Septic Systems


Here's the problem

Septic systems are designed to keep harmful sewage pathogens in the ground, protecting your family, pets and visitors. However, if not properly maintained, septic systems can lead to untreated sewage leaking into your yard and surface and groundwater, which can:

  • Carry harmful pathogens that spread disease.
  • Impact drinking water wells
  • Leach pollution and bacteria into nearby lakes or streams, including phosphorus that promotes algae growth

With an estimated 78,000 homeowners who rely on septic systems in Snohomish County, these problems can add up. 

Protect Your Investment and Your Lake - Be LakeWise

The good news is that you can make a difference by taking a few simple steps to ensure your septic system runs properly  for years to come. The LakeWise Clear Choices for septic care to have your property LakeWise certified are to:

  • Attend a FREE septic system care workshop
  • Have inspections by licensed provider at least every three years (frequency determined by system type)

Learn more below about the steps you can take to care for your system and identify problems early so they can be fixed before it becomes a hassle. 

Step 1. Look Up Your Septic System Type and Records

You can find the type of your septic system and its location by finding your system's "As-Built Drawing" on the Snohomish County Health Department website in their Online RME database.

  • Learn how to look up your septic system As-Built by watching this video or viewing this instruction sheet
  • Once you find your As-Built, carefully review the drawings and records to find your system type and components.
  • In the table at the bottom of the page, find your system type and download the guide(s) for your system.

Step 2. Practice Proper Septic System Care and Maintenance

Inspect Your System Regularly 

Septic systems require regular inspections or checkups from a septic care professional. They will make sure your system is working as intended and if pumping is required.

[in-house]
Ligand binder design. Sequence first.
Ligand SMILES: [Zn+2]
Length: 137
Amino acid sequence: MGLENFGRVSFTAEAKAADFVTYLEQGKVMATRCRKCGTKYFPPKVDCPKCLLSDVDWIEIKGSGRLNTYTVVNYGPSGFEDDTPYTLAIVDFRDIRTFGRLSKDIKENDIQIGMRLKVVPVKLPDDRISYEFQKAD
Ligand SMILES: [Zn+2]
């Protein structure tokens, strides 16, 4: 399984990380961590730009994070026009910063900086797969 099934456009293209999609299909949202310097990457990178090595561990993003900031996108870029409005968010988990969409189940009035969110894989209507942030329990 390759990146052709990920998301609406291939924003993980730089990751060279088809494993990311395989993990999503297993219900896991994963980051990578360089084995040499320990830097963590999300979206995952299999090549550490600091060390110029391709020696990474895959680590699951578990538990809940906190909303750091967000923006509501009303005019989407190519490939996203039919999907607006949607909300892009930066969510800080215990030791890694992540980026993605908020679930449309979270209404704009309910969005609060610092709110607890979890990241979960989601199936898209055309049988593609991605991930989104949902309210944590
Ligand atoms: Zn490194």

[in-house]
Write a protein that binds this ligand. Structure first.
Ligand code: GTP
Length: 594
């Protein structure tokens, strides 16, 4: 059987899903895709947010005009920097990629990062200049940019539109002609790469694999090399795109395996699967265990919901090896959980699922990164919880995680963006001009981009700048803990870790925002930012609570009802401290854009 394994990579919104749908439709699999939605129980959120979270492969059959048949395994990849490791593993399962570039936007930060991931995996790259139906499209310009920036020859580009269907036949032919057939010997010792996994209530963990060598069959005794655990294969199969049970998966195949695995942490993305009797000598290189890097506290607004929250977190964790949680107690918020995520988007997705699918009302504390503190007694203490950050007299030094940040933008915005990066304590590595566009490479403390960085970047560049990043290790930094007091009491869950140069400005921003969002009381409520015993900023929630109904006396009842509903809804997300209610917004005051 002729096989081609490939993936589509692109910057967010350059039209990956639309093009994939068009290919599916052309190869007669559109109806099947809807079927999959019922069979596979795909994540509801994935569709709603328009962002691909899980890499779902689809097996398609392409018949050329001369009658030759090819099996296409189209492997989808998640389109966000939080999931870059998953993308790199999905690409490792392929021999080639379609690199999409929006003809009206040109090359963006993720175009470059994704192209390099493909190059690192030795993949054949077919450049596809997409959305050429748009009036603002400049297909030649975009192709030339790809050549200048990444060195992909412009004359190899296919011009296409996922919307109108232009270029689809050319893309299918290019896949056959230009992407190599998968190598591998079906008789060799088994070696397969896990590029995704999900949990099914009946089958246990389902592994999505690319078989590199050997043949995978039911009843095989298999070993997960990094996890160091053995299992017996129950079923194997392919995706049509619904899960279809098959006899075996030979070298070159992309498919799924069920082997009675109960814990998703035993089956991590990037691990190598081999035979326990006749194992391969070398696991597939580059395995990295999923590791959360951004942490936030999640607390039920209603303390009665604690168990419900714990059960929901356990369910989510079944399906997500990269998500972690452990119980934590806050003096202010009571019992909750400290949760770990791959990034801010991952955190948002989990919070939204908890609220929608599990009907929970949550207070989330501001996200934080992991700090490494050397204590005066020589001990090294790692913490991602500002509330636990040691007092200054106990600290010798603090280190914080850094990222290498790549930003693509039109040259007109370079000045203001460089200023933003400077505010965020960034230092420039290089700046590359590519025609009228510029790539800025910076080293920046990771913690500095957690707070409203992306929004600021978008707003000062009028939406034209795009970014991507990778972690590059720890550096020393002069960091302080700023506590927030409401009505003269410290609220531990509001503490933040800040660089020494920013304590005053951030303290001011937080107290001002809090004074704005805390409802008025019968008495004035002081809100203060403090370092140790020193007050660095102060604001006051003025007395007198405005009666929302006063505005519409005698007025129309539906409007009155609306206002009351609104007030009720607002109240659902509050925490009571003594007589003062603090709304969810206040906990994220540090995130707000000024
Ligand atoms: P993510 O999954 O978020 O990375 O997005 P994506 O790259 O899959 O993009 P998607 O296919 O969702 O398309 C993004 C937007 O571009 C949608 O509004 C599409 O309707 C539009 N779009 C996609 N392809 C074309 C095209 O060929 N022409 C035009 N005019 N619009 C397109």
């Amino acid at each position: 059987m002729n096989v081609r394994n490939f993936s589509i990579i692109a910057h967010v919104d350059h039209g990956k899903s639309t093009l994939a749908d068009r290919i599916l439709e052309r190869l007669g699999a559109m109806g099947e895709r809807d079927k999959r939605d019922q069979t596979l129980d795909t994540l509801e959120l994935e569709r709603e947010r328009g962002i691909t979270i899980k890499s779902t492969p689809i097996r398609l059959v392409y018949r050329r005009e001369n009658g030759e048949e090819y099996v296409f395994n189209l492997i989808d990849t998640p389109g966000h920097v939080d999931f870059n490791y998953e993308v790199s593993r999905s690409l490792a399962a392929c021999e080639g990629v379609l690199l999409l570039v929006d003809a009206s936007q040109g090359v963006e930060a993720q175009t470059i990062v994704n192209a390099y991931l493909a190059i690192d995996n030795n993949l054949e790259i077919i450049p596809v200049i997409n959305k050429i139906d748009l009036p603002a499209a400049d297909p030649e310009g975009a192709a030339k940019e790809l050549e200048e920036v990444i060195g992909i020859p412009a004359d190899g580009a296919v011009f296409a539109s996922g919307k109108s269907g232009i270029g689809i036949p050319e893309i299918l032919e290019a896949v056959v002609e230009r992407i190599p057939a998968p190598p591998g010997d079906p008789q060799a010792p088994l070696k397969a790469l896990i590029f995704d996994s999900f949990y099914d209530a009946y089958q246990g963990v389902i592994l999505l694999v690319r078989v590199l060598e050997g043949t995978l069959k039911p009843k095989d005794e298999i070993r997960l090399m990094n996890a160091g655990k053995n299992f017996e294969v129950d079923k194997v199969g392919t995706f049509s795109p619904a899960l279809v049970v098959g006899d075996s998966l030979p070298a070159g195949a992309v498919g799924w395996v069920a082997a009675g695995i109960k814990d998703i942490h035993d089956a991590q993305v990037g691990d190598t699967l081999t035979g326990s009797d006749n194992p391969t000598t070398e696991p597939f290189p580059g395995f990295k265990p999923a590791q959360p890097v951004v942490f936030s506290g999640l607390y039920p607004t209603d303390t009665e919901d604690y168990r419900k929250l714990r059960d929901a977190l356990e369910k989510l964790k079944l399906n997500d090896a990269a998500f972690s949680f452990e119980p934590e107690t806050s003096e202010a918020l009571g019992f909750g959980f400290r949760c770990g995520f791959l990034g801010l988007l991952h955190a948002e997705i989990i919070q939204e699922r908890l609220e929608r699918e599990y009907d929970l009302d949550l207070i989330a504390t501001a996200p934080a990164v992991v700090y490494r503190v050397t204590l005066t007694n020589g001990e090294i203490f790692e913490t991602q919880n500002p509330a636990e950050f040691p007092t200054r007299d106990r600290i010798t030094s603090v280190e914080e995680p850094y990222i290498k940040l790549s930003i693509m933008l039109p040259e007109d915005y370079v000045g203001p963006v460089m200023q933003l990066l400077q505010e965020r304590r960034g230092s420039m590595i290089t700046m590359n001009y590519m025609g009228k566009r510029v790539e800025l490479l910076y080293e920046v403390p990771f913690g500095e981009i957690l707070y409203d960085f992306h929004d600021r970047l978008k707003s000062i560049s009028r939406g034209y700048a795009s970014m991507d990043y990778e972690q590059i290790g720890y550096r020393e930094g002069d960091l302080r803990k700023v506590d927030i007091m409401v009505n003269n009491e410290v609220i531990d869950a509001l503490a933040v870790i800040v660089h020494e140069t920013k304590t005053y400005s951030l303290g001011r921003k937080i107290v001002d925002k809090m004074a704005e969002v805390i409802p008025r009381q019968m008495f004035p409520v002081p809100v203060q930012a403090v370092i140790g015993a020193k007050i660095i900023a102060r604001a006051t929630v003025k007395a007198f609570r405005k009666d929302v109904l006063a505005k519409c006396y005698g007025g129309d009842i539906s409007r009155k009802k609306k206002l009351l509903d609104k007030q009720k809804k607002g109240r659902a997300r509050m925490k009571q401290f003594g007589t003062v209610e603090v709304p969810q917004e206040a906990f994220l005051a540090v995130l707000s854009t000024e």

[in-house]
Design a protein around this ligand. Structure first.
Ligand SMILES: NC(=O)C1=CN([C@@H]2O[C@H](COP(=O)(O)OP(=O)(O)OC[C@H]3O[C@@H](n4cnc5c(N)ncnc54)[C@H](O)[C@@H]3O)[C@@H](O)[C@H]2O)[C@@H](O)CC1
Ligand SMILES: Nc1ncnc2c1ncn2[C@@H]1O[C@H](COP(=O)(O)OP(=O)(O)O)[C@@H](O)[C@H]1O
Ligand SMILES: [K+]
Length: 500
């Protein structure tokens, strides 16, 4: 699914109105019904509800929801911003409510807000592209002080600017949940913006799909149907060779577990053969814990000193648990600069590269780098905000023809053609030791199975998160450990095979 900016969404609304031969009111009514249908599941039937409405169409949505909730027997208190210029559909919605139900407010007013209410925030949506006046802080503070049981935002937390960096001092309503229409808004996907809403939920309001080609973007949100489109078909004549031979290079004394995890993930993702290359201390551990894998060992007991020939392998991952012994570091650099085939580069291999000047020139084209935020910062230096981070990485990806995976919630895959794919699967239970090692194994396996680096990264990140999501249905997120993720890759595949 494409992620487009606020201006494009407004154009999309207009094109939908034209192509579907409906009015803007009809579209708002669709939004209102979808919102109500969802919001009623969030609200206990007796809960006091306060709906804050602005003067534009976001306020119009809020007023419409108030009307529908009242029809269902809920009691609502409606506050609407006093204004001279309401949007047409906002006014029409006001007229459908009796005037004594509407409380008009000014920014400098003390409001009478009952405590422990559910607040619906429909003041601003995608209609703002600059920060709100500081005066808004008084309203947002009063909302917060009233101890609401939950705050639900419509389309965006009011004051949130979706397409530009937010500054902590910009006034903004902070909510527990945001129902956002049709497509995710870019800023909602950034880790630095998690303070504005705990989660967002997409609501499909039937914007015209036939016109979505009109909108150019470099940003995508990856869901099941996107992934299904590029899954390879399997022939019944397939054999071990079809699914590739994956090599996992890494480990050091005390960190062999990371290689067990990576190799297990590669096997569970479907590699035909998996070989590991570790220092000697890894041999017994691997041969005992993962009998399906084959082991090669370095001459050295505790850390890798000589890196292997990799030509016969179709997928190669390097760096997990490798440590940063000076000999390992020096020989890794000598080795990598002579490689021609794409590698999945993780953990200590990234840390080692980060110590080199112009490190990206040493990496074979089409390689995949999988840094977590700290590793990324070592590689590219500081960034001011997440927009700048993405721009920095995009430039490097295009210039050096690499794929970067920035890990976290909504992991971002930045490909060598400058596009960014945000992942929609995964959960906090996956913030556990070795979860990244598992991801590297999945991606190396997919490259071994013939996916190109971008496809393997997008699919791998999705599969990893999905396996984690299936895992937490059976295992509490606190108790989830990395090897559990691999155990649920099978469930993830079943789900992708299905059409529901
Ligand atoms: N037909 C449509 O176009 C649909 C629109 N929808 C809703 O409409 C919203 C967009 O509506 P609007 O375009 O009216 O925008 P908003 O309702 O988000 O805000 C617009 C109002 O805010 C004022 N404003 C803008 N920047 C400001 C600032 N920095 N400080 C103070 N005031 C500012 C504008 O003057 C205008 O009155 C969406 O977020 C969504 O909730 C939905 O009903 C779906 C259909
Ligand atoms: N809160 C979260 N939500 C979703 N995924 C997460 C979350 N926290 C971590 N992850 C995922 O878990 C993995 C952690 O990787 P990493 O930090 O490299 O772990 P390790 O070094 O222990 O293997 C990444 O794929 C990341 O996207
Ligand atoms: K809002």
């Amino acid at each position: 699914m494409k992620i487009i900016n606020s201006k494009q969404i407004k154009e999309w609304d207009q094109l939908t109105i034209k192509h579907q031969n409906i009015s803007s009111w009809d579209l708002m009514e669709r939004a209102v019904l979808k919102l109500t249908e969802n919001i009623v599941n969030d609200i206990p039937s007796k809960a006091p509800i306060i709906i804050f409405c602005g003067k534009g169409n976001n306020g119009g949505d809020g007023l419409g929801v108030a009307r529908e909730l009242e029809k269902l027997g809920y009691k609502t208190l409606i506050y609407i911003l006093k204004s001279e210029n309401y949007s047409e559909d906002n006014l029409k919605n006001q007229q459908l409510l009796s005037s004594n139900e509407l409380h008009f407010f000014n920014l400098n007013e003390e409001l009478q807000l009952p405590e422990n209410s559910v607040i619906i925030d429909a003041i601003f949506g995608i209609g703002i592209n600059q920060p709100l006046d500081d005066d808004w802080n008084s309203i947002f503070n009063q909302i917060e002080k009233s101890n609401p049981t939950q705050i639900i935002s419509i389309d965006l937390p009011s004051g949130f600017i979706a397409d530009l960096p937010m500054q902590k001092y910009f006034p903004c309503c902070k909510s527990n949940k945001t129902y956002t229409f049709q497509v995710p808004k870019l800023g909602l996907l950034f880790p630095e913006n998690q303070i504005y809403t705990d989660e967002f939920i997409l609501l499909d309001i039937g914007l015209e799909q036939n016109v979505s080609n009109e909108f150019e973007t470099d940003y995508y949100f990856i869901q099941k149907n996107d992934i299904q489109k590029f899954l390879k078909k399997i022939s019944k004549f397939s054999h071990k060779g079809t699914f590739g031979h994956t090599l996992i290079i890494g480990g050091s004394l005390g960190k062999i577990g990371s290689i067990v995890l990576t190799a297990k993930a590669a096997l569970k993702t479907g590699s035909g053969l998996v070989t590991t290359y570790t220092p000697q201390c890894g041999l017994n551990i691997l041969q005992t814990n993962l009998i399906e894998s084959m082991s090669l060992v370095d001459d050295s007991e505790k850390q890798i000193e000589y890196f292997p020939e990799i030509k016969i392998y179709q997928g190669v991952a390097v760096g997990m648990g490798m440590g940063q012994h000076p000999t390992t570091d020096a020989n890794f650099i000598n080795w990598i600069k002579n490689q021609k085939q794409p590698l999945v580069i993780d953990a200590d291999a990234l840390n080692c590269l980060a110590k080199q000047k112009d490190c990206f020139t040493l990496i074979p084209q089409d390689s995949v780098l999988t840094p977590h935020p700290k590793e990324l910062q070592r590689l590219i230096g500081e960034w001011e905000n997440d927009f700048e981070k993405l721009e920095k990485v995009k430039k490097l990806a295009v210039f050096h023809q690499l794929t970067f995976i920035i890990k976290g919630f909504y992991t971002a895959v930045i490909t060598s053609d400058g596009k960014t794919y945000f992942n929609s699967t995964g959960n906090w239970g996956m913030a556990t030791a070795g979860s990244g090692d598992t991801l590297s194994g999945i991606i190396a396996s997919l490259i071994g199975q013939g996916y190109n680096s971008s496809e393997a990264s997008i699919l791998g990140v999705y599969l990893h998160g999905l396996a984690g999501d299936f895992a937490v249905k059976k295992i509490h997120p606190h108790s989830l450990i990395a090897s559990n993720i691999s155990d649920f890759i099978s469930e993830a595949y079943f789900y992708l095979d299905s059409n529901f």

Simple gravity systems are required to be inspected at least every three years. All other systems have advanced features (e.g. pumps, pressurized systems, sand filters etc.) require annual inspection (more if the Health Department requires it per your system documentation). 

Household Practices & Drainfield Care

Learn more about ways to care for your system such as what to avoid putting down the drain and how to protect your drainfield in the resources below. 

Septic BMP handout
Easy ways to keep your system running
Septic Sense booklet image
Septic Sense - An overview of septic system care 
Landscape Handout
Landscaping On and Around Your Septic System

Financial Help 

The Snohomish Health Department's Savvy Septic Program is your one-stop-shop for septic system financing options, incentives, and education to help you maintain a healthy septic system. Visit to learn more about: 

  • Workshops - learn how to care for your system at a free online class
  • Rebates for septic inspections & risers
  • Grants for maintenance or repairs (qualifying low-income homeowners)

Step 3. Attend An Upcoming Septic Care Workshop

Visit the Snohomish Health Department's Savvy Septic Program to view upcoming workshop dates, register for workshops or sign up to receive notice of upcoming workshops in their quarterly newsletter for septic system homeowners. 

Care Guides by Septic System Type

In the table below, find your system type and download the corresponding guides.

System Type / Component Corresponding Guide & Example Inspection Report
GravityGravity System Guide 
Gravity Inspection Report 
Pump Chamber & Alarm Pump Chamber & Alarm Guide 
Low-Pressure Distribution (LPD)LPD System Guide 
LPD Inspection Reports
Drip DispersalDrip System Guide 
Drip Inspection Report 
MoundMound System Guide
Mound Inspection Report 
Sand FilterSand Filter Guide 
Sand Filter Inspection Report
Sand-Lined Bed (SLB)Sand-Lined Trench Systems
Sand Filter Inspection Report
Aerobic Treatment Unit (ATU)ATU Guide
ATU Inspection Report 
Proprietary SystemFind and strictly follow the manufacturer’s operation and maintenance manual 
Example Proprietary Inspection Report